The town of Cherryvale was nestled among the gentle sloping hills of southeastern Kansas. The town was aptly named for wild cherry trees bloomed every spring and an outpouring of wildflowers graced the landscape. By 1886, the railroad boom provided an atmosphere of adventure as this town began growing. The St. Louis-San Francisco Railway along with the Atchison Topeka & Santa Fe Railway had laid its tracks into this upcoming hamlet. Many businesses flourished and helped establish this developing area. Cherryvale had its own privately owned fire station. The town had six different brick factories; so many streets, sidewalks and buildings were built from sun-dried bricks. The city made use of the natural gas from the oil fields, for it was an inexpensive source of fuel. Electric streetcars ran the course of Main Street and provided access to the local businesses. Cherryvale had a bank, churches, and a school. This growing community boasted three newspapers, The Herald and the Cherryvale Torch, and the Cherryvale Republican. It even had its very own opera house. The population had grown to about 2400, and life flourished in Cherryvale.Continue reading “Finding Annie Part Two”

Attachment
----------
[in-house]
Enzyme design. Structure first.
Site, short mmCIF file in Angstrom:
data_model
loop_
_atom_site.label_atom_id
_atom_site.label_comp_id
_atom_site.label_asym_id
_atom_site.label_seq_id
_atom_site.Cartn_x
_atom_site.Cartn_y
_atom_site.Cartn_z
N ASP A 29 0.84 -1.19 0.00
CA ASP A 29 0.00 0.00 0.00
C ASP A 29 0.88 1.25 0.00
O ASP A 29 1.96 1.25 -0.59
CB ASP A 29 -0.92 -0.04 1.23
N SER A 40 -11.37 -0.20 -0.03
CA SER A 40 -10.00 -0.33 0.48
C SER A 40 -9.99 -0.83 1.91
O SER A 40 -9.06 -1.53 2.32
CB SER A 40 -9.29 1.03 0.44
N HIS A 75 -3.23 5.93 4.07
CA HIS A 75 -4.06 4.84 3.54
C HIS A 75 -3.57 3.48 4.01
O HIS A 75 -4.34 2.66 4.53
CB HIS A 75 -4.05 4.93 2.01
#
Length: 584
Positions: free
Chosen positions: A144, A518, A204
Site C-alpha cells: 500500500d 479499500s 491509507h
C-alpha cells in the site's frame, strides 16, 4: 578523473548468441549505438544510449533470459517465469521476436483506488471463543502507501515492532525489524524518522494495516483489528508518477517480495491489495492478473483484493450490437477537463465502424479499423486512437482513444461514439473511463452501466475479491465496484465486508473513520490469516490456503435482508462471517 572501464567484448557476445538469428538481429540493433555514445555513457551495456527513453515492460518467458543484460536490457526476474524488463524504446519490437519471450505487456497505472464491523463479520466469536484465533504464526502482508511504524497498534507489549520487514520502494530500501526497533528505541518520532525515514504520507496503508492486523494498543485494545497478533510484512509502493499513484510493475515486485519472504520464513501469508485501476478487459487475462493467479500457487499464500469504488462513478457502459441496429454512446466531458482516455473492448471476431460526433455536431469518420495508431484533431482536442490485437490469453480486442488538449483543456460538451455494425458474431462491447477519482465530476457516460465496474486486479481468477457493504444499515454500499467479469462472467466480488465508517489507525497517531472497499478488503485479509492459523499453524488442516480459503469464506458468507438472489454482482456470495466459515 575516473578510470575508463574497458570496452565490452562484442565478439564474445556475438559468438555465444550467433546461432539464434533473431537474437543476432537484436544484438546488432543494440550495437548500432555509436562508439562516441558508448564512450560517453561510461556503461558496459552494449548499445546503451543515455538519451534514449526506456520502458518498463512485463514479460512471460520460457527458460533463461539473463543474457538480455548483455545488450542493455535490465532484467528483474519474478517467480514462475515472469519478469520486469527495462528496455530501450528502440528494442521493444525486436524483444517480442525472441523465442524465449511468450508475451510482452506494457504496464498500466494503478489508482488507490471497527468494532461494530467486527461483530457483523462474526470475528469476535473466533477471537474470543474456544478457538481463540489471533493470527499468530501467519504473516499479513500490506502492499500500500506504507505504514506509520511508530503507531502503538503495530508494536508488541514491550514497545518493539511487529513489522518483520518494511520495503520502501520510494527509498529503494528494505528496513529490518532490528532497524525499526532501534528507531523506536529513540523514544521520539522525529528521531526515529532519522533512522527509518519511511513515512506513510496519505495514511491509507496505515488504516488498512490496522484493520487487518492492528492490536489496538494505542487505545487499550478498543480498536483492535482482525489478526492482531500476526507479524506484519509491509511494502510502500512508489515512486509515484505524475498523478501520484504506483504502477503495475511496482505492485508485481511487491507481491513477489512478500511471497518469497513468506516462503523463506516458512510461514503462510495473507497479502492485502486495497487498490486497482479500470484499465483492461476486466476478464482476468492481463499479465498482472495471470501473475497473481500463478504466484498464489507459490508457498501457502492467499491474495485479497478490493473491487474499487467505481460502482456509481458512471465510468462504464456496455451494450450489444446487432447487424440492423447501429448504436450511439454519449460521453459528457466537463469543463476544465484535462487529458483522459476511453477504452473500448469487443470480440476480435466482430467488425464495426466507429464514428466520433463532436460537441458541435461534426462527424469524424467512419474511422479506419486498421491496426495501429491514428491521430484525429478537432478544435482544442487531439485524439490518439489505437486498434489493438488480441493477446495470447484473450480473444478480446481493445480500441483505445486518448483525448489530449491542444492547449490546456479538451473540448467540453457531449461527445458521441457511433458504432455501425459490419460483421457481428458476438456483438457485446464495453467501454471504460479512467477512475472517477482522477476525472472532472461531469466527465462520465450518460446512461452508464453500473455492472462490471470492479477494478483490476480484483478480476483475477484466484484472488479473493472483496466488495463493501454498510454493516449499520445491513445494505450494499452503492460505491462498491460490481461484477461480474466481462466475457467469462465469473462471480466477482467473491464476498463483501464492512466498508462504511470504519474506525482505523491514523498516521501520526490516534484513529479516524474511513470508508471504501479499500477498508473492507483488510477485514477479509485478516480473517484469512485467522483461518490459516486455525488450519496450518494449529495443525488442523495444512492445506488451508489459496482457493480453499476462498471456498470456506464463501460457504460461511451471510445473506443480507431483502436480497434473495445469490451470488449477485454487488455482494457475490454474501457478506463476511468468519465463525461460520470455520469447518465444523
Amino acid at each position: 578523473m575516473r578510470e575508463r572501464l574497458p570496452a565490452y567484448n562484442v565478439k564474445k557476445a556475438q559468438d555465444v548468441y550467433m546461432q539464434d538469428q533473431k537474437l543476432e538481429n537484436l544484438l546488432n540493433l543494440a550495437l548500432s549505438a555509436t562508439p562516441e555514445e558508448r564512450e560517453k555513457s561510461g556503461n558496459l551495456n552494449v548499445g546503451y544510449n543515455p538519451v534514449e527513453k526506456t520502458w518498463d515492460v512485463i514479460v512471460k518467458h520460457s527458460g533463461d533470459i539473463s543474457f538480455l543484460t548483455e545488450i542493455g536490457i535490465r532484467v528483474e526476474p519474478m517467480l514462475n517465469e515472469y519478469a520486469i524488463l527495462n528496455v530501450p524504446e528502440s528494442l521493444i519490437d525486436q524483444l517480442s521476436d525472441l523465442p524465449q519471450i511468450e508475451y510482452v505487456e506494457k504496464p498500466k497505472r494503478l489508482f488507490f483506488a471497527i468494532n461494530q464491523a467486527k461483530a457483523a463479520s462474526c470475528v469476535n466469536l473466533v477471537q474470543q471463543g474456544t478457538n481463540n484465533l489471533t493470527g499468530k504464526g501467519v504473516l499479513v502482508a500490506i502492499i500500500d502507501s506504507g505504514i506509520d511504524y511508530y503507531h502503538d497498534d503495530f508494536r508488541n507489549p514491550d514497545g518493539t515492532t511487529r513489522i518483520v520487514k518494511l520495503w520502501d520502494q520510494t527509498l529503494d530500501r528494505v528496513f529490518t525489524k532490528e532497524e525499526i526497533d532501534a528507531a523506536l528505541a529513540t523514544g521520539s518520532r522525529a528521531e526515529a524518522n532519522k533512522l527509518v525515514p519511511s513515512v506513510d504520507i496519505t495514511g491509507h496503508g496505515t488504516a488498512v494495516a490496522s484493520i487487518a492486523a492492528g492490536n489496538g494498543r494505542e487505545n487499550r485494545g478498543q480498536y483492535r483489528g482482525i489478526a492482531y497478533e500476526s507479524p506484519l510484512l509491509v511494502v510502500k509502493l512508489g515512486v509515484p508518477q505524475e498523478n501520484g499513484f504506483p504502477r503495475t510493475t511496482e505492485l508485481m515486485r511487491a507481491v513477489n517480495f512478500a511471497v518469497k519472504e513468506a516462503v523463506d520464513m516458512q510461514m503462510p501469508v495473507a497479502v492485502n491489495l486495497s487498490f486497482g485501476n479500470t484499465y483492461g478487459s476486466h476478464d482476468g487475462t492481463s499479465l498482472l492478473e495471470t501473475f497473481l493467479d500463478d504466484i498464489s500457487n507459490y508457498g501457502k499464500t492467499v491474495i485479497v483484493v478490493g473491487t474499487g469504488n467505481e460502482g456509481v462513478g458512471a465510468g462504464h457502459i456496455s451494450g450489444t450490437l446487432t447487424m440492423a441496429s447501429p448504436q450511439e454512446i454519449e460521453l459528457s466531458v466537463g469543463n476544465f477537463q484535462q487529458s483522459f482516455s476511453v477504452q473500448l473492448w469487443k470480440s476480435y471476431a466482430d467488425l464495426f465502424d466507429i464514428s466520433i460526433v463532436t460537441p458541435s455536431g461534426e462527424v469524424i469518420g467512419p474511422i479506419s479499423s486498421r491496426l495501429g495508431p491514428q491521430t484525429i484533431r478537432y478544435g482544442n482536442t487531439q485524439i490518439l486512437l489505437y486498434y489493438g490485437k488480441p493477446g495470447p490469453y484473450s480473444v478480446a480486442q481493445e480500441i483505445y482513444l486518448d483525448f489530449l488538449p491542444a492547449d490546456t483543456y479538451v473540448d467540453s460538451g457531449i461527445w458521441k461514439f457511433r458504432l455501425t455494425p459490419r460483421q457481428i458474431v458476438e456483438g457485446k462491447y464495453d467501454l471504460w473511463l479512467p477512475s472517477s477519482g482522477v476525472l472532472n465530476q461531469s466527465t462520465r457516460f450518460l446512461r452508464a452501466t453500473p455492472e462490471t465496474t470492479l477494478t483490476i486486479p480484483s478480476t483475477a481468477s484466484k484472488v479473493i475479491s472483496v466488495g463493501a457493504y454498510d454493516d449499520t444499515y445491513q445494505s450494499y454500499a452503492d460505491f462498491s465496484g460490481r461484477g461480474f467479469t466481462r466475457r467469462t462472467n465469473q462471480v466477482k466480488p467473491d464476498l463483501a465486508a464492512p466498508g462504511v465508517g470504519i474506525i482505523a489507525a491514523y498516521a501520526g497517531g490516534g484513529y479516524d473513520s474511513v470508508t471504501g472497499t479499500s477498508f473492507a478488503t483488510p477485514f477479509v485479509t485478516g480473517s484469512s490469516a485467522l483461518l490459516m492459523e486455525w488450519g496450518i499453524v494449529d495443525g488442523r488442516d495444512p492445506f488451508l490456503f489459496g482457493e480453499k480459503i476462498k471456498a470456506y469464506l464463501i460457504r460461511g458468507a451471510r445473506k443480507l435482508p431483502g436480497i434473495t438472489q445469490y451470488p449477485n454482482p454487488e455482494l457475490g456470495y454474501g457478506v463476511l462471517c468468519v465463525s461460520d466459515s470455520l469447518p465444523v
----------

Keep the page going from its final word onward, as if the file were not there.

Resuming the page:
While researching information about blogs, I came across an old genealogy blog challenge for 2015 by Amy Johnson Crow. Her blog challenges caught my attention, and I thought it would be fun to give it a try even though I am about 16 months late!
When I think of someone who made it when everything was stacked against her, I automatically think of my grandmother, Elva Marie Allen. Although her life was not an easy one, she never complained, and she always had a smile on her sweet face. Continue reading “Against the Odds”